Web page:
This 50-50 blend of Grenache and Mourvèdre is aged for 22 months in oak barrels. It’s a structured wine with moderate tannins supporting dark fruit flavors and hints of black olive and dark chocolate. It practically screams out for grilled beef or lamb. Massaya has a strong French connection, with advisers and partners from Bordeaux and the Rhône serving as part of the team for many years.

Price: $35
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Château Ksara Reserve du Couvent 2019

Château Ksara Reserve du Couvent 2019 is one of the best wines from Lebanon's Bekaa Valley.

This excellent under-$20 wine was the bargain of my tastings, a blend of Syrah, Cabernet Franc, and Cabernet Sauvignon. The Cab Franc really comes through, giving the wine a leafiness that’s typical of the variety and that punctuates the dark fruit notes. Hints of roasted meat and black olive brine also emerge on the palate. A well-balanced wine with complexity that belies the price tag.

Price: $15
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Domaine du Tourelles Cinsault Vieilles Vignes 2020

Domaine du Tourelles Cinsault Vieilles Vignes 2020 is one of the best wines from Lebanon's Bekaa Valley.

This charming wine, made from old-vine Cinsault grapes, is Pinot Noir-like in character — earthy with sweet cherry and other red fruit notes. The fruit is accented by touches of black pepper, green tea, and menthol. Soft tannins make it effortless to drink, and it will pair with all kinds of foods, including fish. Try it with a slight chill. Cinsault has been grown in the Bekaa Valley since the mid-19th century, and Domaine du Tourelles says it revived the variety a decade ago “by searching out very old Cinsault vines, over 50 years of age, and fermenting the wines in concrete tanks using wild yeasts and nothing else to offer the purest expression of that grape.”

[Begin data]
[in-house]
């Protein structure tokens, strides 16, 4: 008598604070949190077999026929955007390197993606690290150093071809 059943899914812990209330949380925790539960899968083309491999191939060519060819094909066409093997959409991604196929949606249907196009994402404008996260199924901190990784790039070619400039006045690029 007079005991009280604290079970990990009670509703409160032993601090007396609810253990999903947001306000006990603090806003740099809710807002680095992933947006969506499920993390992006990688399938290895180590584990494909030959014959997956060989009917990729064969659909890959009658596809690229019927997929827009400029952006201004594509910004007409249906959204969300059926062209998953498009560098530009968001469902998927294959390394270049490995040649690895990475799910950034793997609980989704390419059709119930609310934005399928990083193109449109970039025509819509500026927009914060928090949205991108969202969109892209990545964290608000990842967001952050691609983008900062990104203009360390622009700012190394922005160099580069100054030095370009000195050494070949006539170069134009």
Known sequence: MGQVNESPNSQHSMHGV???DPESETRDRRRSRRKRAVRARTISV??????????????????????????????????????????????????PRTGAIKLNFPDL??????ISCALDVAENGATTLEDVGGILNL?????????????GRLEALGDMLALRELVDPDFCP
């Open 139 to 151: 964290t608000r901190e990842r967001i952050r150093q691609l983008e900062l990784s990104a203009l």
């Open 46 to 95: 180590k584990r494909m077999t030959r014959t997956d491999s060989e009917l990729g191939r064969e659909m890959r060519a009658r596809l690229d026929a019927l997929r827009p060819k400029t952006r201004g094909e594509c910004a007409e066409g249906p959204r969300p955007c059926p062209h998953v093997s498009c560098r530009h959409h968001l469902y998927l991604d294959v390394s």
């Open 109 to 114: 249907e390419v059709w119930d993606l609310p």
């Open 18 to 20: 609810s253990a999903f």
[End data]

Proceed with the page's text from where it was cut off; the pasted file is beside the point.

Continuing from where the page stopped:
Price: $27
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Musar Jeune Red 2021

Musar Jeune Red 2021 is one of the best wines from Lebanon's Bekaa Valley.

Chateau Musar launched the Musar Jeune line in 2007 and, as the name suggests, the wines are meant for drinking while young and are made from younger vines. The red is a blend of Cinsault, Syrah, and Cabernet Sauvignon fermented in cement-lined vats, bottled a year after harvest, and released a year after that. Made without oak, the 2021 presents a delicious blackberry core with notes of tobacco and cocoa. The fruit is ripe, the tannins are not overly aggressive, and the wine is quite Bordeaux-like but relatively more drinkable when young.

Price: $23
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Musar Jeune White 2021

Musar Jeune White 2021 is one of the best wines from Lebanon's Bekaa Valley.

The white Musar Jeune is a blend of Viognier, Vermentino, and Chardonnay. Like the red, it’s fermented in cement-lined tanks with no exposure to oak. And it, too, over-delivers on complexity with notes of pear, orange, and guava with touches of green olive and ginger. It has a nice mineral texture that lasts through the long finish.

Price: $26